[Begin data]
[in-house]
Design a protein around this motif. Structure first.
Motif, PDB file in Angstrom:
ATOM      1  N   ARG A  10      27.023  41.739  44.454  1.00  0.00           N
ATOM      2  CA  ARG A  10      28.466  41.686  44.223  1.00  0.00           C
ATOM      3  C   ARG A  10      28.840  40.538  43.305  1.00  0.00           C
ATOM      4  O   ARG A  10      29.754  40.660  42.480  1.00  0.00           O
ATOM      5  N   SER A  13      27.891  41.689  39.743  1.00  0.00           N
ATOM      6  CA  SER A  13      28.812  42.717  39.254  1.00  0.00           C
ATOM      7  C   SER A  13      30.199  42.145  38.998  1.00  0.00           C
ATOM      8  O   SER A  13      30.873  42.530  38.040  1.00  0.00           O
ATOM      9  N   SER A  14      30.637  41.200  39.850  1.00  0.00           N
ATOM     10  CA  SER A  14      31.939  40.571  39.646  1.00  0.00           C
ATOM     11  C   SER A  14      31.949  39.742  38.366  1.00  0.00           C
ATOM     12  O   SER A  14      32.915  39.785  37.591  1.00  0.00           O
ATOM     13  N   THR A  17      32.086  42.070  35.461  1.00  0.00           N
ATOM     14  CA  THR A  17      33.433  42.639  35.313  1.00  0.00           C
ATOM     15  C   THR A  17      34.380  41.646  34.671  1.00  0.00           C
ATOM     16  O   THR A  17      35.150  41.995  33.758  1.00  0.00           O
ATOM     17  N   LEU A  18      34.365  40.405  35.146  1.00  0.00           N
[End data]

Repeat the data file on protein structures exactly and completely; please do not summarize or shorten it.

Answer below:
[in-house]
Design a protein around this motif. Structure first.
Motif, PDB file in Angstrom:
ATOM      1  N   ARG A  10      27.023  41.739  44.454  1.00  0.00           N
ATOM      2  CA  ARG A  10      28.466  41.686  44.223  1.00  0.00           C
ATOM      3  C   ARG A  10      28.840  40.538  43.305  1.00  0.00           C
ATOM      4  O   ARG A  10      29.754  40.660  42.480  1.00  0.00           O
ATOM      5  N   SER A  13      27.891  41.689  39.743  1.00  0.00           N
ATOM      6  CA  SER A  13      28.812  42.717  39.254  1.00  0.00           C
ATOM      7  C   SER A  13      30.199  42.145  38.998  1.00  0.00           C
ATOM      8  O   SER A  13      30.873  42.530  38.040  1.00  0.00           O
ATOM      9  N   SER A  14      30.637  41.200  39.850  1.00  0.00           N
ATOM     10  CA  SER A  14      31.939  40.571  39.646  1.00  0.00           C
ATOM     11  C   SER A  14      31.949  39.742  38.366  1.00  0.00           C
ATOM     12  O   SER A  14      32.915  39.785  37.591  1.00  0.00           O
ATOM     13  N   THR A  17      32.086  42.070  35.461  1.00  0.00           N
ATOM     14  CA  THR A  17      33.433  42.639  35.313  1.00  0.00           C
ATOM     15  C   THR A  17      34.380  41.646  34.671  1.00  0.00           C
ATOM     16  O   THR A  17      35.150  41.995  33.758  1.00  0.00           O
ATOM     17  N   LEU A  18      34.365  40.405  35.146  1.00  0.00           N